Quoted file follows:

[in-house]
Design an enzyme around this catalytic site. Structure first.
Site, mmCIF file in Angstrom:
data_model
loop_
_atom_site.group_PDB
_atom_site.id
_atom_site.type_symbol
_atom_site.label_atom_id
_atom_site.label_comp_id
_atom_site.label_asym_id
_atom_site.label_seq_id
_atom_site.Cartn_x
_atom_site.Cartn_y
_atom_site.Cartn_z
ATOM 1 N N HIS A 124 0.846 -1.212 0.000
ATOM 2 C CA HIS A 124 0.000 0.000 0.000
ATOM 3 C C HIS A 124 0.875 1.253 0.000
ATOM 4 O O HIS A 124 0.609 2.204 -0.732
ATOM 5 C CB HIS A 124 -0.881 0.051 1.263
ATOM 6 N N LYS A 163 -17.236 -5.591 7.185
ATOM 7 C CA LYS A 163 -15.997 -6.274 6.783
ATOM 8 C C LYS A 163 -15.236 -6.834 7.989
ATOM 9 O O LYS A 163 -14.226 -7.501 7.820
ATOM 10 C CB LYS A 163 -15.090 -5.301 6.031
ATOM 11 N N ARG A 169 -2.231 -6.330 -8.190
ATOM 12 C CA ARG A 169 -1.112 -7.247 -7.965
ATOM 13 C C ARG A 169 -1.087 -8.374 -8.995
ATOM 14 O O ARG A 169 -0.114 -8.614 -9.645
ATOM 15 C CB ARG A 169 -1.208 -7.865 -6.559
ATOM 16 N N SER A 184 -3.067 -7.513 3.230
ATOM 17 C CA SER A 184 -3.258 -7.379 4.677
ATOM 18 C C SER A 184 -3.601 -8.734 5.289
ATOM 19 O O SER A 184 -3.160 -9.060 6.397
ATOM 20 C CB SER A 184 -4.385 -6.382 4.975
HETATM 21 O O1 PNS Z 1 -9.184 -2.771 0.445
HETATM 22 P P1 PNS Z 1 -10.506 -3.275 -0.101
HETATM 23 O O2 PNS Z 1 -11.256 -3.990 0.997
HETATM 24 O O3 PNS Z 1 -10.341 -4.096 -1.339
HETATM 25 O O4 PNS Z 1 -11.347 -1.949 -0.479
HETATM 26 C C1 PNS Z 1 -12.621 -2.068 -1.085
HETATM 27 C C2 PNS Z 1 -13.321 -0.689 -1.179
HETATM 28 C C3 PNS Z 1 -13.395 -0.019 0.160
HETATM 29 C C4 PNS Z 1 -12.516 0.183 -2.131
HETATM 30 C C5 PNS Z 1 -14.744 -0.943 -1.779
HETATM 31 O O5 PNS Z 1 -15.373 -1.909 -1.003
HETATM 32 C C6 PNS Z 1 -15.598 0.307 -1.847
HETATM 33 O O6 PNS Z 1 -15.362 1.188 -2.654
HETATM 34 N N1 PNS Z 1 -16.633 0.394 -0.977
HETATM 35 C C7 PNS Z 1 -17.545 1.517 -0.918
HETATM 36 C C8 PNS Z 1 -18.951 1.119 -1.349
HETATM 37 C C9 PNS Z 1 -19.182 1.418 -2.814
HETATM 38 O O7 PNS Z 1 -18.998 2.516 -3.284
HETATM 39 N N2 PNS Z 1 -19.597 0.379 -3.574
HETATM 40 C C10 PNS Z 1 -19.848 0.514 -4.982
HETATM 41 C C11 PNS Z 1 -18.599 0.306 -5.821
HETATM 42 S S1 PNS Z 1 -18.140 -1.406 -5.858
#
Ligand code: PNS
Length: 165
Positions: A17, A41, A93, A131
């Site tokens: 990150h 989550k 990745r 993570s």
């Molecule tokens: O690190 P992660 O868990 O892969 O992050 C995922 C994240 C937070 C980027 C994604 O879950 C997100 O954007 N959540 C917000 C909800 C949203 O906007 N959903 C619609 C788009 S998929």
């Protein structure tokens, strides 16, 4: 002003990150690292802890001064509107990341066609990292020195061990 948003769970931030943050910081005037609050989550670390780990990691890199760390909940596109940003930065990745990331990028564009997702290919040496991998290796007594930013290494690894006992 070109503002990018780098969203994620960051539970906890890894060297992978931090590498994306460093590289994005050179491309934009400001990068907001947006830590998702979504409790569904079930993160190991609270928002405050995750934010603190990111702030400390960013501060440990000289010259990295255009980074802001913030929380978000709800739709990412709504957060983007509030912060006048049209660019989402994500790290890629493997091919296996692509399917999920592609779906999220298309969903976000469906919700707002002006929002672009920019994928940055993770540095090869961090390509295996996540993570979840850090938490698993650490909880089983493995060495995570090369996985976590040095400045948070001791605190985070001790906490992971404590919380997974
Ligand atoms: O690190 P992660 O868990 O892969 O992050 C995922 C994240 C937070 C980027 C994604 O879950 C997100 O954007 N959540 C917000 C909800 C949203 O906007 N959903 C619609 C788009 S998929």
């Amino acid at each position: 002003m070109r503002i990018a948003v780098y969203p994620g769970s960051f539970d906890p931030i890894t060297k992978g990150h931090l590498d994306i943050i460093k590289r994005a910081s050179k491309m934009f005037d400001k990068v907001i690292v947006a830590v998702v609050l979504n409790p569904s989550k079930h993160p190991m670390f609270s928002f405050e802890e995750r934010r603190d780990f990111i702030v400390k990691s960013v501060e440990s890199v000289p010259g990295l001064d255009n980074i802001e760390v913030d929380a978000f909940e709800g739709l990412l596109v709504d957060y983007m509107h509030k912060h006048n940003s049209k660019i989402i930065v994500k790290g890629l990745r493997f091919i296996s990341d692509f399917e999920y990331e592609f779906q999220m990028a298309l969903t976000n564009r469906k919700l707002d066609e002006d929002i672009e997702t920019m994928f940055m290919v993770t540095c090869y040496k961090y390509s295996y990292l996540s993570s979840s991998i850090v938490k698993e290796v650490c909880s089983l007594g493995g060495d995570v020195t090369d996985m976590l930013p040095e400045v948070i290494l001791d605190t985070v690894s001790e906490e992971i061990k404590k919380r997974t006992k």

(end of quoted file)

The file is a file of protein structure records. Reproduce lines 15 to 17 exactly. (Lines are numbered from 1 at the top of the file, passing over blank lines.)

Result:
_atom_site.Cartn_z
ATOM 1 N N HIS A 124 0.846 -1.212 0.000
ATOM 2 C CA HIS A 124 0.000 0.000 0.000